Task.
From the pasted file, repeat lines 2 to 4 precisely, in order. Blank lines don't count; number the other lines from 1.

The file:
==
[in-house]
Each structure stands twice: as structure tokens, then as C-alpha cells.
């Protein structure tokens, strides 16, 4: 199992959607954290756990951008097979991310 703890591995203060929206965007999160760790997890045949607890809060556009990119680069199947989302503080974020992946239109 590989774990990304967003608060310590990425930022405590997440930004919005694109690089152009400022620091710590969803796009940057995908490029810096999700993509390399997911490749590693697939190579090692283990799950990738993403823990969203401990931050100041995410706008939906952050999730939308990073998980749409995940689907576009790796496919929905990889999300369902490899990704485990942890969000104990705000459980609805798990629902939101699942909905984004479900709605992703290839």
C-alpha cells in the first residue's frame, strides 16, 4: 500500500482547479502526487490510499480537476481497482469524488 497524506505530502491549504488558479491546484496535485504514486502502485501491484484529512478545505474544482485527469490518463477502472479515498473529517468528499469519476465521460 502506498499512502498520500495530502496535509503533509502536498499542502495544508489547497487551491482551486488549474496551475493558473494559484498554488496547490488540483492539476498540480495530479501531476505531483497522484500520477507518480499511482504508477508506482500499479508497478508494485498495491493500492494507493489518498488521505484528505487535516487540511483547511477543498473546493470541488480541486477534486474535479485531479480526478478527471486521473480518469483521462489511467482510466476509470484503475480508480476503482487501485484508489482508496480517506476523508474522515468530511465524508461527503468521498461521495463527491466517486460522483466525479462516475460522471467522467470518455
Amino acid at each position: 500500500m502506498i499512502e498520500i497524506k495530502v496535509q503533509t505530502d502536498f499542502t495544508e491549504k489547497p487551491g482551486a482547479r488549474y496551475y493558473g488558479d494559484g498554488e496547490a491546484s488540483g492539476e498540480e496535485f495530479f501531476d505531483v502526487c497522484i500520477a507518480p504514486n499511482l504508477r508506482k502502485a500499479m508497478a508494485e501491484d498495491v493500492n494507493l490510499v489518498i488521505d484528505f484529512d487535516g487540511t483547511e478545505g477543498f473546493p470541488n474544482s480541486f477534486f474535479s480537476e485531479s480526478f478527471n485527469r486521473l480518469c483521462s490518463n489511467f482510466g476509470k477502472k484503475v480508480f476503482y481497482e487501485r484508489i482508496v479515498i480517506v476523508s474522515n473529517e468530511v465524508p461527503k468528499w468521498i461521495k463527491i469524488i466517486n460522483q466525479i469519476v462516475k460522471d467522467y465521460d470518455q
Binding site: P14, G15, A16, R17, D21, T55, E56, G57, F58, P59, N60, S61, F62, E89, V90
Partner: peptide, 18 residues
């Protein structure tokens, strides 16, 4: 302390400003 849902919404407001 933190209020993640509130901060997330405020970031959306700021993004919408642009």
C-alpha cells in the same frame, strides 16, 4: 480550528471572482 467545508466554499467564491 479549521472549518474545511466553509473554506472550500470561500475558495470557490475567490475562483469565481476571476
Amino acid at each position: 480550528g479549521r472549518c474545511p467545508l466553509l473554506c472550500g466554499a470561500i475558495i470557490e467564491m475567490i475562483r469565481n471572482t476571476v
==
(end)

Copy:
Each structure stands twice: as structure tokens, then as C-alpha cells.
């Protein structure tokens, strides 16, 4: 199992959607954290756990951008097979991310 703890591995203060929206965007999160760790997890045949607890809060556009990119680069199947989302503080974020992946239109 590989774990990304967003608060310590990425930022405590997440930004919005694109690089152009400022620091710590969803796009940057995908490029810096999700993509390399997911490749590693697939190579090692283990799950990738993403823990969203401990931050100041995410706008939906952050999730939308990073998980749409995940689907576009790796496919929905990889999300369902490899990704485990942890969000104990705000459980609805798990629902939101699942909905984004479900709605992703290839």
C-alpha cells in the first residue's frame, strides 16, 4: 500500500482547479502526487490510499480537476481497482469524488 497524506505530502491549504488558479491546484496535485504514486502502485501491484484529512478545505474544482485527469490518463477502472479515498473529517468528499469519476465521460 502506498499512502498520500495530502496535509503533509502536498499542502495544508489547497487551491482551486488549474496551475493558473494559484498554488496547490488540483492539476498540480495530479501531476505531483497522484500520477507518480499511482504508477508506482500499479508497478508494485498495491493500492494507493489518498488521505484528505487535516487540511483547511477543498473546493470541488480541486477534486474535479485531479480526478478527471486521473480518469483521462489511467482510466476509470484503475480508480476503482487501485484508489482508496480517506476523508474522515468530511465524508461527503468521498461521495463527491466517486460522483466525479462516475460522471467522467470518455